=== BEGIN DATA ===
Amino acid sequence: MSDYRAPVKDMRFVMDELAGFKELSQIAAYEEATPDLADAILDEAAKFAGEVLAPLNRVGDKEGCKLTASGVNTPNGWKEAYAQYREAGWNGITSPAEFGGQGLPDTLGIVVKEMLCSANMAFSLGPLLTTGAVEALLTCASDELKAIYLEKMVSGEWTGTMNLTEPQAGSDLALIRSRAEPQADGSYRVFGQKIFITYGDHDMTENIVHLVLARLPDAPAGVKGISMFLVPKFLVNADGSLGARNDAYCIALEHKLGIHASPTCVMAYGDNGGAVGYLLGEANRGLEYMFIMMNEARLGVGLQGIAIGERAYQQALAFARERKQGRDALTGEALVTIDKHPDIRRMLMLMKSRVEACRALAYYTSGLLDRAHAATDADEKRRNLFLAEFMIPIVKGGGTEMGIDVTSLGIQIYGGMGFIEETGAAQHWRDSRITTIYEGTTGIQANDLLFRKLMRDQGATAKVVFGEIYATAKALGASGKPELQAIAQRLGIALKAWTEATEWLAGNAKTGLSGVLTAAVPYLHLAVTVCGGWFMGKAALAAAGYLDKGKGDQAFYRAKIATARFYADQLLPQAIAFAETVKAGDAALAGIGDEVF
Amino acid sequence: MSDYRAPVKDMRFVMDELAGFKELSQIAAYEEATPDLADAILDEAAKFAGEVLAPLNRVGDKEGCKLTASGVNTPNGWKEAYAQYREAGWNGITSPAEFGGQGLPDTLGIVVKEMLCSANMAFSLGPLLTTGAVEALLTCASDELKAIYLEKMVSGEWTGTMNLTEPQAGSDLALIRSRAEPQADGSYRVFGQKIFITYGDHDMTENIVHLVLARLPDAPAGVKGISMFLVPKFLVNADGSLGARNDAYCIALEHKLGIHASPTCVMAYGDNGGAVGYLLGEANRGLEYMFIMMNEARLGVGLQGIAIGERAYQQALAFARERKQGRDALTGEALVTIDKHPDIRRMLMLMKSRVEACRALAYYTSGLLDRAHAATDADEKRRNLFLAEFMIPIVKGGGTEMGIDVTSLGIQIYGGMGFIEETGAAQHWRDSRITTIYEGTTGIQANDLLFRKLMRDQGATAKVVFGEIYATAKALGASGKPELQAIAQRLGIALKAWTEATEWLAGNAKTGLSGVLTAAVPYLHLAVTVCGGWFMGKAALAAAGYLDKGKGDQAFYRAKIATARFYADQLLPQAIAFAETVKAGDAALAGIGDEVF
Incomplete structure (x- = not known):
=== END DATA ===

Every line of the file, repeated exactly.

Amino acid sequence: MSDYRAPVKDMRFVMDELAGFKELSQIAAYEEATPDLADAILDEAAKFAGEVLAPLNRVGDKEGCKLTASGVNTPNGWKEAYAQYREAGWNGITSPAEFGGQGLPDTLGIVVKEMLCSANMAFSLGPLLTTGAVEALLTCASDELKAIYLEKMVSGEWTGTMNLTEPQAGSDLALIRSRAEPQADGSYRVFGQKIFITYGDHDMTENIVHLVLARLPDAPAGVKGISMFLVPKFLVNADGSLGARNDAYCIALEHKLGIHASPTCVMAYGDNGGAVGYLLGEANRGLEYMFIMMNEARLGVGLQGIAIGERAYQQALAFARERKQGRDALTGEALVTIDKHPDIRRMLMLMKSRVEACRALAYYTSGLLDRAHAATDADEKRRNLFLAEFMIPIVKGGGTEMGIDVTSLGIQIYGGMGFIEETGAAQHWRDSRITTIYEGTTGIQANDLLFRKLMRDQGATAKVVFGEIYATAKALGASGKPELQAIAQRLGIALKAWTEATEWLAGNAKTGLSGVLTAAVPYLHLAVTVCGGWFMGKAALAAAGYLDKGKGDQAFYRAKIATARFYADQLLPQAIAFAETVKAGDAALAGIGDEVF
Amino acid sequence: MSDYRAPVKDMRFVMDELAGFKELSQIAAYEEATPDLADAILDEAAKFAGEVLAPLNRVGDKEGCKLTASGVNTPNGWKEAYAQYREAGWNGITSPAEFGGQGLPDTLGIVVKEMLCSANMAFSLGPLLTTGAVEALLTCASDELKAIYLEKMVSGEWTGTMNLTEPQAGSDLALIRSRAEPQADGSYRVFGQKIFITYGDHDMTENIVHLVLARLPDAPAGVKGISMFLVPKFLVNADGSLGARNDAYCIALEHKLGIHASPTCVMAYGDNGGAVGYLLGEANRGLEYMFIMMNEARLGVGLQGIAIGERAYQQALAFARERKQGRDALTGEALVTIDKHPDIRRMLMLMKSRVEACRALAYYTSGLLDRAHAATDADEKRRNLFLAEFMIPIVKGGGTEMGIDVTSLGIQIYGGMGFIEETGAAQHWRDSRITTIYEGTTGIQANDLLFRKLMRDQGATAKVVFGEIYATAKALGASGKPELQAIAQRLGIALKAWTEATEWLAGNAKTGLSGVLTAAVPYLHLAVTVCGGWFMGKAALAAAGYLDKGKGDQAFYRAKIATARFYADQLLPQAIAFAETVKAGDAALAGIGDEVF
Incomplete structure (x- = not known):